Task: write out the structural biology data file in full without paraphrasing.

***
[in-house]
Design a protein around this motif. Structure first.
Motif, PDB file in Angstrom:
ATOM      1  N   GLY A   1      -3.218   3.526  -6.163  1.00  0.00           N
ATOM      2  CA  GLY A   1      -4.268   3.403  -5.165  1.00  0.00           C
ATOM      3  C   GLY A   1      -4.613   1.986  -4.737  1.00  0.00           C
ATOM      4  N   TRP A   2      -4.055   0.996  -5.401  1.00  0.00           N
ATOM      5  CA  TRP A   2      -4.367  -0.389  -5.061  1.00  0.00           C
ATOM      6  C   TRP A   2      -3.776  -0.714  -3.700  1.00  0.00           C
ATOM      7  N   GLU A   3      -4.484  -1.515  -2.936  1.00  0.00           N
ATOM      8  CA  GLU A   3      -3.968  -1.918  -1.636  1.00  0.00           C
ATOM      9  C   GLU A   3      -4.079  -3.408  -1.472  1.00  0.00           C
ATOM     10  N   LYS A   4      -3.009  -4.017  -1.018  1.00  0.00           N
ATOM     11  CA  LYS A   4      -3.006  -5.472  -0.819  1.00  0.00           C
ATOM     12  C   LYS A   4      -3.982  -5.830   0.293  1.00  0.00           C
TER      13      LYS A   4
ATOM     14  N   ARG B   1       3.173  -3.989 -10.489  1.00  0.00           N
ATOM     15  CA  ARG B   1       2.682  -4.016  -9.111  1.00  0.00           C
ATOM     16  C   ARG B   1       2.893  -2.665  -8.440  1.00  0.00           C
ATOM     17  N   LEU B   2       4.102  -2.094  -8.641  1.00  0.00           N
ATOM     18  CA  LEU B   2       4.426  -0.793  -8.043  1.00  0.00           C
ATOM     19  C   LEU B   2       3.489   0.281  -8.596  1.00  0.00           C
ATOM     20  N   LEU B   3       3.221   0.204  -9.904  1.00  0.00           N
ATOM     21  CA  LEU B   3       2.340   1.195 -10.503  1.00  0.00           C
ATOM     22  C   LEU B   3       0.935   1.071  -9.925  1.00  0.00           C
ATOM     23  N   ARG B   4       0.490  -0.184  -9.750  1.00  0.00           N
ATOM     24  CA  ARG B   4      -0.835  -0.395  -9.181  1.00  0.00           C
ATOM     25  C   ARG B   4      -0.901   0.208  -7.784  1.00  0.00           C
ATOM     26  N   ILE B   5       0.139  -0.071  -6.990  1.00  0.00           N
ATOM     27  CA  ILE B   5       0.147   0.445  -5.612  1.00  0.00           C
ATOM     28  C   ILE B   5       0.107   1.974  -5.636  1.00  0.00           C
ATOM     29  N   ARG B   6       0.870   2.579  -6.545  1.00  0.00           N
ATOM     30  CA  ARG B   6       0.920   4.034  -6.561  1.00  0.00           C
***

[in-house]
Design a protein around this motif. Structure first.
Motif, PDB file in Angstrom:
ATOM      1  N   GLY A   1      -3.218   3.526  -6.163  1.00  0.00           N
ATOM      2  CA  GLY A   1      -4.268   3.403  -5.165  1.00  0.00           C
ATOM      3  C   GLY A   1      -4.613   1.986  -4.737  1.00  0.00           C
ATOM      4  N   TRP A   2      -4.055   0.996  -5.401  1.00  0.00           N
ATOM      5  CA  TRP A   2      -4.367  -0.389  -5.061  1.00  0.00           C
ATOM      6  C   TRP A   2      -3.776  -0.714  -3.700  1.00  0.00           C
ATOM      7  N   GLU A   3      -4.484  -1.515  -2.936  1.00  0.00           N
ATOM      8  CA  GLU A   3      -3.968  -1.918  -1.636  1.00  0.00           C
ATOM      9  C   GLU A   3      -4.079  -3.408  -1.472  1.00  0.00           C
ATOM     10  N   LYS A   4      -3.009  -4.017  -1.018  1.00  0.00           N
ATOM     11  CA  LYS A   4      -3.006  -5.472  -0.819  1.00  0.00           C
ATOM     12  C   LYS A   4      -3.982  -5.830   0.293  1.00  0.00           C
TER      13      LYS A   4
ATOM     14  N   ARG B   1       3.173  -3.989 -10.489  1.00  0.00           N
ATOM     15  CA  ARG B   1       2.682  -4.016  -9.111  1.00  0.00           C
ATOM     16  C   ARG B   1       2.893  -2.665  -8.440  1.00  0.00           C
ATOM     17  N   LEU B   2       4.102  -2.094  -8.641  1.00  0.00           N
ATOM     18  CA  LEU B   2       4.426  -0.793  -8.043  1.00  0.00           C
ATOM     19  C   LEU B   2       3.489   0.281  -8.596  1.00  0.00           C
ATOM     20  N   LEU B   3       3.221   0.204  -9.904  1.00  0.00           N
ATOM     21  CA  LEU B   3       2.340   1.195 -10.503  1.00  0.00           C
ATOM     22  C   LEU B   3       0.935   1.071  -9.925  1.00  0.00           C
ATOM     23  N   ARG B   4       0.490  -0.184  -9.750  1.00  0.00           N
ATOM     24  CA  ARG B   4      -0.835  -0.395  -9.181  1.00  0.00           C
ATOM     25  C   ARG B   4      -0.901   0.208  -7.784  1.00  0.00           C
ATOM     26  N   ILE B   5       0.139  -0.071  -6.990  1.00  0.00           N
ATOM     27  CA  ILE B   5       0.147   0.445  -5.612  1.00  0.00           C
ATOM     28  C   ILE B   5       0.107   1.974  -5.636  1.00  0.00           C
ATOM     29  N   ARG B   6       0.870   2.579  -6.545  1.00  0.00           N
ATOM     30  CA  ARG B   6       0.920   4.034  -6.561  1.00  0.00           C